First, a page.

Other plants, considered as decorative plants, exist too. These are perfect for their nectar as well: Liriodendron, Lavender, Linden and Eucalyptus, for example.
Moreover, there are many fruit trees that make bees literally dancing Samba: cherry trees, apple trees, quince trees, hazelnut trees, pear trees but also berries, such as, blueberries, blackberries, raspberries, strawberries and currants.
And if you love to cook and you like adding spices to your dishes like me, I got hearted-eyes when I found out that some plants like rosemary, sage, savory, basil and thyme are particulary adored by our bees.
So much choice, don’t you believe?
You buy a plant and you essentially offer a dinner to a bee! Not bad, is it? It would be nice to sensitise our administrations as well to use these kind of plants in wild areas or in our parks. It would be a wonderful bee-friendly practice! Something simple to help bees in our little. In the public field next to our house, for example, they have planted many quince and pear trees. These all are for who wants them. Indeed, last Autumn we harvested kilos and kilos of quinces – I had brought a full basket to my mom and my aunt in Bergamo as well! Then in many lawns in the surrounding there are plums trees and several elder trees too – Can’t wait for Summer starting, so as to show off my Marmelade-master skills 😀
And the Gäblini? What have they planted so far?
What about us? In Gäblini’s garden you can find 3 apple trees (and a ‘puppy’ apple tree that we had bought last year, that now has many super cute buds). But also an old cherry tree and two pear trees, these two planted last year and now with some shy buds. Then we have a big rosemary bush, sage, thyme and oregano. Another bee-friendly new entry from 2020 is the lavender, we hope it will become soon a nice big bush!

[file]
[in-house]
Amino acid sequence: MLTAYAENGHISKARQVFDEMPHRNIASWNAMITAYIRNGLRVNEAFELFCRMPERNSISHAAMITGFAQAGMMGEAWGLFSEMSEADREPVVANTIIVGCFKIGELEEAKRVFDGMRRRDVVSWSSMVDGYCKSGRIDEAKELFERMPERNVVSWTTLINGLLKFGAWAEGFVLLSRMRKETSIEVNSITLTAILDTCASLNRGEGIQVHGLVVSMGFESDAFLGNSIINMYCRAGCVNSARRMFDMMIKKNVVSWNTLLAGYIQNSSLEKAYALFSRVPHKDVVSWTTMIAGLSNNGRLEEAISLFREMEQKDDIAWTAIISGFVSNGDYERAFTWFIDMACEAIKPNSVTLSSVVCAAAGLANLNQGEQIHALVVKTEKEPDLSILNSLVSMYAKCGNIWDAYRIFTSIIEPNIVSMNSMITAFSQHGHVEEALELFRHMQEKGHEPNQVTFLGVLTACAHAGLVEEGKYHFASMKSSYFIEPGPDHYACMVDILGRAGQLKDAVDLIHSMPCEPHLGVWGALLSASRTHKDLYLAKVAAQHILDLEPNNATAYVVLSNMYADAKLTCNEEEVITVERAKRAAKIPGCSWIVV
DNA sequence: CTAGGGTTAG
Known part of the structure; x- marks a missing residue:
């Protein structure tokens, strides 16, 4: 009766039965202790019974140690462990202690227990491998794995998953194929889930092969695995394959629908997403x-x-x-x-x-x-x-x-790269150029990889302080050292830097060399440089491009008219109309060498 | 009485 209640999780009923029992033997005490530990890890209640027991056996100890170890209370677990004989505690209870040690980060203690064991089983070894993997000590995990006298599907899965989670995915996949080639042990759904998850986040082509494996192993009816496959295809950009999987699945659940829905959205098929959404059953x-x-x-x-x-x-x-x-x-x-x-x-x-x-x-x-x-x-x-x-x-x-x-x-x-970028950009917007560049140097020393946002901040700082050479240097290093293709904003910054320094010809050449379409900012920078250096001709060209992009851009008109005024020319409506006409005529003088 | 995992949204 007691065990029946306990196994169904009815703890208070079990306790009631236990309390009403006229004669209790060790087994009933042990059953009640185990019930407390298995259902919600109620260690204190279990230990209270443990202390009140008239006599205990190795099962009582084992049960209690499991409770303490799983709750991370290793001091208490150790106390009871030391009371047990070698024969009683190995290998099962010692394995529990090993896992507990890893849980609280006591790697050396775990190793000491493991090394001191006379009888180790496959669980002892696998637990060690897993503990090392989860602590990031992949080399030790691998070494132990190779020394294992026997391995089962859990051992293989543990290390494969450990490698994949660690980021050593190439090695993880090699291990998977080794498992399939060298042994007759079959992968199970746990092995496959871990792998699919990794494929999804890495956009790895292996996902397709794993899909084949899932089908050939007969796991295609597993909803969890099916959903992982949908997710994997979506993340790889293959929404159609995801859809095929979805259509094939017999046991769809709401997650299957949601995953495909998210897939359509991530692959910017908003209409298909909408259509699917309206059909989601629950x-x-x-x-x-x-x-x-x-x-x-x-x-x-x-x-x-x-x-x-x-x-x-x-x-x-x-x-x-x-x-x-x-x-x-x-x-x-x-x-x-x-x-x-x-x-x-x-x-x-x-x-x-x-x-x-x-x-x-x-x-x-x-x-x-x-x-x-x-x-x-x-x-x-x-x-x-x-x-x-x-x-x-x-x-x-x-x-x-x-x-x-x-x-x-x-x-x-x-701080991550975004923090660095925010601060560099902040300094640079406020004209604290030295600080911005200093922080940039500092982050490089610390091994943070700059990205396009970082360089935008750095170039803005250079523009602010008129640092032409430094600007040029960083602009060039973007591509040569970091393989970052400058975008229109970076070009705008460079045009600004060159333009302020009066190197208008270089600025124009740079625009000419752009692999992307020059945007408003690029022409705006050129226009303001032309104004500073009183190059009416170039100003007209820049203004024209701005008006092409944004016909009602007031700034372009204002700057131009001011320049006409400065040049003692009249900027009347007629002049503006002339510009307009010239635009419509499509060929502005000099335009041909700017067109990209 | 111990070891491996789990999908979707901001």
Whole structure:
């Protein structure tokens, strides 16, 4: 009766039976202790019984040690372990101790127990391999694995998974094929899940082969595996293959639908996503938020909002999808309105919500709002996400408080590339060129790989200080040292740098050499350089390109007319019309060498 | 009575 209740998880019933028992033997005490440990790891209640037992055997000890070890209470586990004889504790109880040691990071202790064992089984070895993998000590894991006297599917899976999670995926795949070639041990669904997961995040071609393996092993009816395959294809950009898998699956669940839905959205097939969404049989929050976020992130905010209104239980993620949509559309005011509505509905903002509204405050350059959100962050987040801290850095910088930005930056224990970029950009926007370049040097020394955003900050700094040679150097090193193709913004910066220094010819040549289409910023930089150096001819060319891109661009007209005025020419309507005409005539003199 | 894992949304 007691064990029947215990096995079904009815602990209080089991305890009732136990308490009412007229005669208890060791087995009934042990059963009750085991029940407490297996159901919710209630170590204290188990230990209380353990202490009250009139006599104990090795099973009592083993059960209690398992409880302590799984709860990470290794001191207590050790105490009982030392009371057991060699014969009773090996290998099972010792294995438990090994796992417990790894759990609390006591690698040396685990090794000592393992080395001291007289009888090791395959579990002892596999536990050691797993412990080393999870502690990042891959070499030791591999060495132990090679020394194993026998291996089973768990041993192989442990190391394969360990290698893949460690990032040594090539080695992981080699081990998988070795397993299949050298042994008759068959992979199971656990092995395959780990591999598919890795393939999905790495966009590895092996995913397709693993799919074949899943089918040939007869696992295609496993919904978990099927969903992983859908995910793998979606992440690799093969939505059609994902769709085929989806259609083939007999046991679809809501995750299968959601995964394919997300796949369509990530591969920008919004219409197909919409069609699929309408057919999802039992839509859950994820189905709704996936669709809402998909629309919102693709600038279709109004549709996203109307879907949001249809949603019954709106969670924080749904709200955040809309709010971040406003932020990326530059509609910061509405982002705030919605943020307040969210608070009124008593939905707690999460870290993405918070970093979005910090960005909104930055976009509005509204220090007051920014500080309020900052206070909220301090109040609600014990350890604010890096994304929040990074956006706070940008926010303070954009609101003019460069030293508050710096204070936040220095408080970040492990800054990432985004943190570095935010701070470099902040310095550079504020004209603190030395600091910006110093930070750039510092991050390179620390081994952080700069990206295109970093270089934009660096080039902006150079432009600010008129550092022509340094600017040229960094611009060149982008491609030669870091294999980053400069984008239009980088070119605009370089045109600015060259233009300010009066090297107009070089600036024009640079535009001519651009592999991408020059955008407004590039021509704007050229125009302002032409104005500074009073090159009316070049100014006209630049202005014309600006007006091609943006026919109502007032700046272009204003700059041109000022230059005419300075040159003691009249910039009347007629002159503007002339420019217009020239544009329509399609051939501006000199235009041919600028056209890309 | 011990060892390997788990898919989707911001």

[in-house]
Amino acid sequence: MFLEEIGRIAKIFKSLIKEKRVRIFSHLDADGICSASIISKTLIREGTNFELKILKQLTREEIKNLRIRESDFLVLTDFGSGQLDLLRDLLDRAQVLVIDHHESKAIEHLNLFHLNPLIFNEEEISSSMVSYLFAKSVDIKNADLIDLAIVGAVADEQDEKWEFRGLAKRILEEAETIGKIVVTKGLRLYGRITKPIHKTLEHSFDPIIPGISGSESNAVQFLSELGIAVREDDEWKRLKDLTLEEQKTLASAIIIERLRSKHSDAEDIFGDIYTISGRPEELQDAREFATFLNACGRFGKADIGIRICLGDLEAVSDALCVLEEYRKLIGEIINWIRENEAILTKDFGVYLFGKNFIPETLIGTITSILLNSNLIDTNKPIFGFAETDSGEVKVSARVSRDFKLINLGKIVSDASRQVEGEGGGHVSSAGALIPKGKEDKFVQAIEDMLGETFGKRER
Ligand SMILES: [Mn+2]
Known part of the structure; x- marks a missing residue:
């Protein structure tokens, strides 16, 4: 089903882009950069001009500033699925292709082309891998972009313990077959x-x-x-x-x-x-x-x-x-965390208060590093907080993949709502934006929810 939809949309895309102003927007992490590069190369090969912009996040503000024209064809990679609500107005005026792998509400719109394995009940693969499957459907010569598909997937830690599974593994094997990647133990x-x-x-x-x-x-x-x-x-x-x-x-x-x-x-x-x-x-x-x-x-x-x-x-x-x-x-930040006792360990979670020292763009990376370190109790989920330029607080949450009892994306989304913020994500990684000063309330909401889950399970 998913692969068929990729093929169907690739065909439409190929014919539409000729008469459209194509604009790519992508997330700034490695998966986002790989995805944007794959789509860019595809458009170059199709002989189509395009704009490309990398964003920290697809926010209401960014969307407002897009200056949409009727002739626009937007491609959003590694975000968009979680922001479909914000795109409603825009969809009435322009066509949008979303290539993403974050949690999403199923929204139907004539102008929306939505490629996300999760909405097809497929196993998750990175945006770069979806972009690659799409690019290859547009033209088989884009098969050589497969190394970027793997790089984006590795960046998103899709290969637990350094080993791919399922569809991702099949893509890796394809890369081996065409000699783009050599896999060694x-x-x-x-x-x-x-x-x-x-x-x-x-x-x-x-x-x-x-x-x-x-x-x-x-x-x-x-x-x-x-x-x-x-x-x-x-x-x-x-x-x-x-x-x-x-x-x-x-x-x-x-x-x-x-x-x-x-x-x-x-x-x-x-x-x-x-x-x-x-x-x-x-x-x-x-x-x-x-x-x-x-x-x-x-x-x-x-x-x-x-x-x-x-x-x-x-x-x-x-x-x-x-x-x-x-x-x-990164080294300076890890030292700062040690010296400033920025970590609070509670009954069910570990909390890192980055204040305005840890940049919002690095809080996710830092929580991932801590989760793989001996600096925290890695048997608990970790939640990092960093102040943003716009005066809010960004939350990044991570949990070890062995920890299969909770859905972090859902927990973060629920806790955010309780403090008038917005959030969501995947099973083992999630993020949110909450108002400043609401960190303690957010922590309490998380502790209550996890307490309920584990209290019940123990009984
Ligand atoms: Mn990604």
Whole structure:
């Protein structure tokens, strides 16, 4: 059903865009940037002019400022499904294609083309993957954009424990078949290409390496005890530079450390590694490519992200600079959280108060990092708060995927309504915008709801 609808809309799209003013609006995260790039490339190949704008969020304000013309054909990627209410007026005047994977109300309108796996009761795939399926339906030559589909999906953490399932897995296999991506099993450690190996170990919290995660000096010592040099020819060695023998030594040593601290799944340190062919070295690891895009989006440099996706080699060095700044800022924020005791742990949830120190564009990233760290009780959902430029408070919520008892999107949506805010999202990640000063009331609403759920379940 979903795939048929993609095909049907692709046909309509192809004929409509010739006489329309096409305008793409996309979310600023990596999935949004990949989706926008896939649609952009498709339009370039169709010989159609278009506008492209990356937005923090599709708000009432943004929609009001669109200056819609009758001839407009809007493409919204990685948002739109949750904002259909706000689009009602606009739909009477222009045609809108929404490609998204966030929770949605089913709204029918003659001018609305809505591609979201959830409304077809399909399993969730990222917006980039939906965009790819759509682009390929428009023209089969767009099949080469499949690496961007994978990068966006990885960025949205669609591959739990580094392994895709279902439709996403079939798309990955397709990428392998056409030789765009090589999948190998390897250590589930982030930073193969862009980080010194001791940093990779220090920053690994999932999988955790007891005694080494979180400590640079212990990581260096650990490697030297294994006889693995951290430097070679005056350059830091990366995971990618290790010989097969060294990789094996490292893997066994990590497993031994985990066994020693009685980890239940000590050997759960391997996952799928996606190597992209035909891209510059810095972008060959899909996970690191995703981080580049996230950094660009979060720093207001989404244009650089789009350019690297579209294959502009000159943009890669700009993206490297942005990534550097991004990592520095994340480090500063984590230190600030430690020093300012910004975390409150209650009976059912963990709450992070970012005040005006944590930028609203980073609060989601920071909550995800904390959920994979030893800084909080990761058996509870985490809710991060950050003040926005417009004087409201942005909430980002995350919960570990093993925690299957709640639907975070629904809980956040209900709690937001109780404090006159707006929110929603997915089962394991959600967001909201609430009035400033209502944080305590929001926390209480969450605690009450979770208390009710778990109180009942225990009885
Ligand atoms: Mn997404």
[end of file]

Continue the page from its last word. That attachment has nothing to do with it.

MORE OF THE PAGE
As we told you here https://www.gaeblini.com/en/2021/04/25/granpa-heinz-beekeeper-for-passion-since-ever/, Granny Eva ADORES flowers, she has an endless passion for all kinds of flowers, so we have many of them as well a bit everywhere.
Last year, in addition, we decided to dive into a vegetable garden adventure (and we liked so much that we are keeping it on!). In our wonderful nursery there were basil, cucumbers, beets, tomatoes, salad. While in the outdoor part: carrots, potatoes, green beans, strawberries, bushes of blackberries, raspberries and blueberries, these last ones bought a couple of years ago but we were positively surprised about the results 🙂 I enjoyed sooo much all the times I could have yogurt with our honey and rasberries!
If you would like to see more about the flora at our apiary and surroundings, we suggest you to follow us on the social media 😉
And you, what do you have in your garden? Have you already made any bee happy? Would you like to plant something to help bees? We would like to know more – leave a comment here below and/or post the pic of what you have planted on social media with hashtag #plant&act